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New York – August 19, 2015 --Hadassah Medical Organization (HMO), in partnership with the Hebrew University, has established the first interdisciplinary university-based autism center in the Middle East. “Hadassah is proud to contribute to the inauguration of a world-class health facility that is the first of its kind in the entire region,” says Marcie Natan, Hadassah’s national president.
“One in 80 children in Israel suffers from Autism Spectrum Disorder (ASD),” relates Prof. Eitan Kerem, head of Pediatrics at Hadassah. “The health services are fragmented and focus mainly on palliative care. This innovative center will focus on accruing and disseminating knowledge for research, professional development, clinical care, and community engagement in the field of autism. This will be the only center in Israel that will provide a comprehensive and holistic approach to children and adults suffering from autism.”
“Currently,” Prof. Kerem explains, “research is done by various scientists who are interested in the field; however, they are from disparate disciplines that focus on different aspects of autism. The Center will bring all the multidisciplinary research together from within the Hebrew University and integrate it with the clinical expertise and experience of Hadassah’s medical professionals.”
Bringing together this cutting-edge research, clinical experience, state-of the-art training, and education for both professionals and parents will, in turn, lead to better clinical practice, public programming, policies in support of those who deal with ASD, and will be a reservoir of help for families and caregivers. “There is a tremendous need for a facility like this in the Middle East, and the hospital will do much to improve the state of autism research all over the world,” said Marcie Natan.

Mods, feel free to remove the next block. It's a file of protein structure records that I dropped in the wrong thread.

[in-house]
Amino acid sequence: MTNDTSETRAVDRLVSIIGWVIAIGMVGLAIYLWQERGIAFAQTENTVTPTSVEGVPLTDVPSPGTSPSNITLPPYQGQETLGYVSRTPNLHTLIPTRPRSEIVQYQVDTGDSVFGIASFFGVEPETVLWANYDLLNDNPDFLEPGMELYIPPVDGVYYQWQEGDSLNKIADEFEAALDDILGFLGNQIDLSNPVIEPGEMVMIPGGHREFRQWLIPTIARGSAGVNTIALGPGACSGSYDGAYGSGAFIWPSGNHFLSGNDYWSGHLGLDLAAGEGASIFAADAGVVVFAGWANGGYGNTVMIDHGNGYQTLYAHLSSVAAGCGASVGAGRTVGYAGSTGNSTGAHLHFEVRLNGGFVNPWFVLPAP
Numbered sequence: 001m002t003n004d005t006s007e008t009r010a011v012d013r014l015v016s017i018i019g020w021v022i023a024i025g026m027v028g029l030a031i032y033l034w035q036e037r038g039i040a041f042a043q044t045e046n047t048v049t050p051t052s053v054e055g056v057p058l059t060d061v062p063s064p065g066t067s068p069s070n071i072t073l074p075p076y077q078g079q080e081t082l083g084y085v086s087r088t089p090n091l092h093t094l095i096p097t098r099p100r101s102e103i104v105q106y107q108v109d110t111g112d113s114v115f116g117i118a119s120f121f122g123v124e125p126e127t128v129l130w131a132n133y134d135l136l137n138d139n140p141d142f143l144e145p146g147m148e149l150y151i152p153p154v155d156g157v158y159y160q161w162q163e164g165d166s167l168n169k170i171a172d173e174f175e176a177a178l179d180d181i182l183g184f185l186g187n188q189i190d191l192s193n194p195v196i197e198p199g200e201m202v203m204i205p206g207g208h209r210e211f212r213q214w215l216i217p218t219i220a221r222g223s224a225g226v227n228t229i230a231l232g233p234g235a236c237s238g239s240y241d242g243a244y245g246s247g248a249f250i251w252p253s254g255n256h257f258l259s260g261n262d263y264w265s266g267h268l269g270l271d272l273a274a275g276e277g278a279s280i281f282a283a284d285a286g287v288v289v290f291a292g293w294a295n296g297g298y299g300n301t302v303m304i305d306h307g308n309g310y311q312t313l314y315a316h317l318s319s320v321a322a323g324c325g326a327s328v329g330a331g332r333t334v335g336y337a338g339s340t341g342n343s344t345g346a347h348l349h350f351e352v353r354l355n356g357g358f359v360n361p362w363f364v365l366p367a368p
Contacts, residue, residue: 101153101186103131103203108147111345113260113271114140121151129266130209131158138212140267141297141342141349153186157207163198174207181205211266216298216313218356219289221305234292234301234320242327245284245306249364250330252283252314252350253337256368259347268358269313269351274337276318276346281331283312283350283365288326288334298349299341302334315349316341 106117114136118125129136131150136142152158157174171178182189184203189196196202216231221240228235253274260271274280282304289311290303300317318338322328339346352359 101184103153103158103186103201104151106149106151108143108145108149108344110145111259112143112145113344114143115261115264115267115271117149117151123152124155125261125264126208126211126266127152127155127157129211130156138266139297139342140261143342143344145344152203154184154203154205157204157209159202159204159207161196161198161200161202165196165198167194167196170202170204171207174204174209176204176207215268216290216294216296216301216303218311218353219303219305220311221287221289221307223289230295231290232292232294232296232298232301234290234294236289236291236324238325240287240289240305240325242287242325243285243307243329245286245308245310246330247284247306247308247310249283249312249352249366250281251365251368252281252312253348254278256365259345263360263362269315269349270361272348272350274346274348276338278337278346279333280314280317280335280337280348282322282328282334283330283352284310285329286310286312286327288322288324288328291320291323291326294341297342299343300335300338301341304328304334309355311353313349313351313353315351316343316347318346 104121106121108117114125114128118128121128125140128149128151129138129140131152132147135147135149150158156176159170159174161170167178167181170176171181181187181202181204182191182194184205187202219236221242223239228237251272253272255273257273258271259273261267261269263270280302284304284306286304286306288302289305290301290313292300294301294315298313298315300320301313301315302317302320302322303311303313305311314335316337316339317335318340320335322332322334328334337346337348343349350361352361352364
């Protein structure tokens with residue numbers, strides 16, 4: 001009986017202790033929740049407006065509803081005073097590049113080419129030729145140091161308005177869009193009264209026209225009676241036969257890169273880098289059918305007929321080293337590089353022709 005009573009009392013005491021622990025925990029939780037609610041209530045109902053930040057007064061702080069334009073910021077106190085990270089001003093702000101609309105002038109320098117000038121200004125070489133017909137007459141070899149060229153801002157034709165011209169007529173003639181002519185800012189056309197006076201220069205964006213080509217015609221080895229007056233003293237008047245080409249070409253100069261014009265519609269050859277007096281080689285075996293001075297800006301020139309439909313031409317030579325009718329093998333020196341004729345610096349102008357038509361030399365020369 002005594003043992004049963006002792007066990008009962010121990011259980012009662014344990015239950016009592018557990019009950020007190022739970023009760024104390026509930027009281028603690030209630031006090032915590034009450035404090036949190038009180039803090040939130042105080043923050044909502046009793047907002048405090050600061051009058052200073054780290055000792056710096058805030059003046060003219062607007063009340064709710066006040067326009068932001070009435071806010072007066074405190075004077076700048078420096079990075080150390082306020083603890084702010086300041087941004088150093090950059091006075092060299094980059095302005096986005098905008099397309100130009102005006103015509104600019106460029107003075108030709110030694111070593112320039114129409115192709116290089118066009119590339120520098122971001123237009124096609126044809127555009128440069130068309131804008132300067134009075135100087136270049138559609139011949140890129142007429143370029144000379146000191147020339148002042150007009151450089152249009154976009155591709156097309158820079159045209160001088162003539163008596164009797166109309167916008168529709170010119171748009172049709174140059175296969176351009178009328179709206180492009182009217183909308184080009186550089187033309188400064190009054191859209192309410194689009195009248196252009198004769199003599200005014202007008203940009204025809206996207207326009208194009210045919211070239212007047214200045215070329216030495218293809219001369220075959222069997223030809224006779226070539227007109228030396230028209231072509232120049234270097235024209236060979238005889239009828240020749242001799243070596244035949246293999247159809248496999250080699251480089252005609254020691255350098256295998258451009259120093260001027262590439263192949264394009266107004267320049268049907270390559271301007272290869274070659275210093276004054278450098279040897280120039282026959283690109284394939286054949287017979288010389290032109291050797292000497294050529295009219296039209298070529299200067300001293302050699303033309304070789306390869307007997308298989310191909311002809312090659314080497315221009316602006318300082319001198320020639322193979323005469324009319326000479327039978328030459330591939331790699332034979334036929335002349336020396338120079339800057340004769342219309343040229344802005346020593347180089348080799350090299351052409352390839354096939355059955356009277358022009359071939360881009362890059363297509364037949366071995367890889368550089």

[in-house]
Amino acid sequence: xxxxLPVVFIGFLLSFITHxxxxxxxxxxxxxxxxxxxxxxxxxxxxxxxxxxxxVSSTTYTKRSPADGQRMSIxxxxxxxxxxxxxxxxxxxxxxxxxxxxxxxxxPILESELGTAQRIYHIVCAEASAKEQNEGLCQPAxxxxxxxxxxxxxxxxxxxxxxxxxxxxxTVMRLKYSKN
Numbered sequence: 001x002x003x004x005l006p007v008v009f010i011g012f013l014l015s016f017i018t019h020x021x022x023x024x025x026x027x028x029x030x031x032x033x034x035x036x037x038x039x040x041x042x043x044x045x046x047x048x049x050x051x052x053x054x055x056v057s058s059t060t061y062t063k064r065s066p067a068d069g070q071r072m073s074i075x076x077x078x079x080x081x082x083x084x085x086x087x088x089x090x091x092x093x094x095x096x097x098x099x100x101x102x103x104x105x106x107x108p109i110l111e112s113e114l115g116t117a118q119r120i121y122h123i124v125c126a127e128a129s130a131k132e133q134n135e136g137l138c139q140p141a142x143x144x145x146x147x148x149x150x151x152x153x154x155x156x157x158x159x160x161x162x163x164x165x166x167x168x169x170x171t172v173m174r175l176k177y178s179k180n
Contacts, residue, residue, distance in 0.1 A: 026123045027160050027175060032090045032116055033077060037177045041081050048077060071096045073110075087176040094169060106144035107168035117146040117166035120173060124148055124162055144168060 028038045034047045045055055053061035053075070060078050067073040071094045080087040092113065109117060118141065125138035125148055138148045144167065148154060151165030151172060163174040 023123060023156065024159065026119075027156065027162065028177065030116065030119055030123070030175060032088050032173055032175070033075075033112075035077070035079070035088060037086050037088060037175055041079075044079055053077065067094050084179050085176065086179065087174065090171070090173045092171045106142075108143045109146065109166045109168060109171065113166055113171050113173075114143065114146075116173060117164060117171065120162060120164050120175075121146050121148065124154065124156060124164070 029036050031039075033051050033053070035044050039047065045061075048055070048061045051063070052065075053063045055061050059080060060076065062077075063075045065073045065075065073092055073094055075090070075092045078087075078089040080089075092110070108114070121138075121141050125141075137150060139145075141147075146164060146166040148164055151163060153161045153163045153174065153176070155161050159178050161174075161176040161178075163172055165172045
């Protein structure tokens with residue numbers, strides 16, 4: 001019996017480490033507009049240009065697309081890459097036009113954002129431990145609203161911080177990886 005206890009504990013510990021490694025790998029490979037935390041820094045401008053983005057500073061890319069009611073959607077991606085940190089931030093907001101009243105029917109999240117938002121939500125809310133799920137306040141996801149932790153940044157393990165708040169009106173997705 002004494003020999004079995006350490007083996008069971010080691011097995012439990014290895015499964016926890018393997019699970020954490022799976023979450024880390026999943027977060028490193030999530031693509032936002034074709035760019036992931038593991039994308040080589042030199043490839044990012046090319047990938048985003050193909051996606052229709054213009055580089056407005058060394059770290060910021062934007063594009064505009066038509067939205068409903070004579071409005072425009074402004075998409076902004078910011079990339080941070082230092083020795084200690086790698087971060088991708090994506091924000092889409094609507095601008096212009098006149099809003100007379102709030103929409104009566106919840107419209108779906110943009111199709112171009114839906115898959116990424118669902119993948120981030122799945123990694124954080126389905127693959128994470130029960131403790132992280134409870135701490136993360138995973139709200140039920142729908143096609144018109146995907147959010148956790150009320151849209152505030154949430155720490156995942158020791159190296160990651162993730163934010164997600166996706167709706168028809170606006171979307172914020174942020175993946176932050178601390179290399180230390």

An interdisciplinary center which bridges several faculties within the Hebrew University and Hadassah Medical Center, it will be anchored in the Hadassah-Hebrew University’s Faculty of Medicine. “Our goal in establishing the Autism Center,” explains Prof. David Lichtstein, Dean of the Faculty of Medicine at Hebrew University, ”is to lead Israel and the Middle East in research, training, clinical services, and community engagement for the benefit of individuals with ASD and their families. By bringing together the relevant disciplines at Hebrew University, including medicine, social work, and education, and combining them with the clinical excellence of Hadassah hospitals, the Autism Center will be positioned to achieve important breakthroughs in the research, diagnosis, and treatment of autism.”
According to the Hebrew University, while some universities in the Middle East have extensive autism research programs and others have specific associations with clinical services, none approximates this comprehensive, collaborative model. The Autism Center aims to learn from and work with existing centers worldwide, and to grow to serve as a model by expanding on current models of interdisciplinary research and service.
Hadassah is the largest Jewish women’s organization in the United States. With 330,000 members, associates and supporters across the country, Hadassah brings Jewish women together to effect change and advocate on criticalissues such as medical care and research, women's empowerment, and the security of Israel. Through the Hadassah Medical Organization's (HMO) two hospitals, the world-renowned trauma center and the leading research facility in Jerusalem, Hadassah supports the delivery of exemplary patient care to over a million people every year. HMO serves without regard to race, religion or nationality and earned a Nobel Peace Prize Nomination in 2005 for building “bridges to peace” through equality in medical treatment. For more information, visit www.hadassah.org.